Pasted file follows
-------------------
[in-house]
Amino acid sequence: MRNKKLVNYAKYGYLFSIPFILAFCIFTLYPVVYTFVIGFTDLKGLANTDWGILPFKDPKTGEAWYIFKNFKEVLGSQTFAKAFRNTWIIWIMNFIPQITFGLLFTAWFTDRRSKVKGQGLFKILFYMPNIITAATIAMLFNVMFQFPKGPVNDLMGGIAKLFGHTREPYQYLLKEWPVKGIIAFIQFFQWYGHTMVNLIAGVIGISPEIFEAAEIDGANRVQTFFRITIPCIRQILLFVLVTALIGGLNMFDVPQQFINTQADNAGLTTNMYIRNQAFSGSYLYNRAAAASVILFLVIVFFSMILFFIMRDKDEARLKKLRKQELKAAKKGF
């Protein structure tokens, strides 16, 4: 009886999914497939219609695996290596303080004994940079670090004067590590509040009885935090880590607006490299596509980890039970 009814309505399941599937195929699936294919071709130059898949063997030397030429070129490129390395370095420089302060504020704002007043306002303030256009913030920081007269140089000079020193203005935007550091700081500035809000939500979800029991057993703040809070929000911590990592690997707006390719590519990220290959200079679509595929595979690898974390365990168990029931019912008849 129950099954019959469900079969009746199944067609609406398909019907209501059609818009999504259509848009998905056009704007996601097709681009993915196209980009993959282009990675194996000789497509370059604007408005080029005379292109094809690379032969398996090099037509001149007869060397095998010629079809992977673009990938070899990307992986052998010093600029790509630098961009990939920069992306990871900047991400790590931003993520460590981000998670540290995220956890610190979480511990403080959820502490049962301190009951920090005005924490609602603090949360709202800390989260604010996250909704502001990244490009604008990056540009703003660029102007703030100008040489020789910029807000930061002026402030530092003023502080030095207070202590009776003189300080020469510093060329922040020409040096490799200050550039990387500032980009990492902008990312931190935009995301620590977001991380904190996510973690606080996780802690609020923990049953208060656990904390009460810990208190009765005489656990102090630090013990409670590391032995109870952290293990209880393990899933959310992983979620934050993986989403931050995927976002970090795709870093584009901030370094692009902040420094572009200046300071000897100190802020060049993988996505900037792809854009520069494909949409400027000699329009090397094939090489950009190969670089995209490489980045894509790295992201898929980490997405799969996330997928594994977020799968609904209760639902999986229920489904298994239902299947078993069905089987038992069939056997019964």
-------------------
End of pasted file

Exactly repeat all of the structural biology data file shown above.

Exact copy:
[in-house]
Amino acid sequence: MRNKKLVNYAKYGYLFSIPFILAFCIFTLYPVVYTFVIGFTDLKGLANTDWGILPFKDPKTGEAWYIFKNFKEVLGSQTFAKAFRNTWIIWIMNFIPQITFGLLFTAWFTDRRSKVKGQGLFKILFYMPNIITAATIAMLFNVMFQFPKGPVNDLMGGIAKLFGHTREPYQYLLKEWPVKGIIAFIQFFQWYGHTMVNLIAGVIGISPEIFEAAEIDGANRVQTFFRITIPCIRQILLFVLVTALIGGLNMFDVPQQFINTQADNAGLTTNMYIRNQAFSGSYLYNRAAAASVILFLVIVFFSMILFFIMRDKDEARLKKLRKQELKAAKKGF
């Protein structure tokens, strides 16, 4: 009886999914497939219609695996290596303080004994940079670090004067590590509040009885935090880590607006490299596509980890039970 009814309505399941599937195929699936294919071709130059898949063997030397030429070129490129390395370095420089302060504020704002007043306002303030256009913030920081007269140089000079020193203005935007550091700081500035809000939500979800029991057993703040809070929000911590990592690997707006390719590519990220290959200079679509595929595979690898974390365990168990029931019912008849 129950099954019959469900079969009746199944067609609406398909019907209501059609818009999504259509848009998905056009704007996601097709681009993915196209980009993959282009990675194996000789497509370059604007408005080029005379292109094809690379032969398996090099037509001149007869060397095998010629079809992977673009990938070899990307992986052998010093600029790509630098961009990939920069992306990871900047991400790590931003993520460590981000998670540290995220956890610190979480511990403080959820502490049962301190009951920090005005924490609602603090949360709202800390989260604010996250909704502001990244490009604008990056540009703003660029102007703030100008040489020789910029807000930061002026402030530092003023502080030095207070202590009776003189300080020469510093060329922040020409040096490799200050550039990387500032980009990492902008990312931190935009995301620590977001991380904190996510973690606080996780802690609020923990049953208060656990904390009460810990208190009765005489656990102090630090013990409670590391032995109870952290293990209880393990899933959310992983979620934050993986989403931050995927976002970090795709870093584009901030370094692009902040420094572009200046300071000897100190802020060049993988996505900037792809854009520069494909949409400027000699329009090397094939090489950009190969670089995209490489980045894509790295992201898929980490997405799969996330997928594994977020799968609904209760639902999986229920489904298994239902299947078993069905089987038992069939056997019964």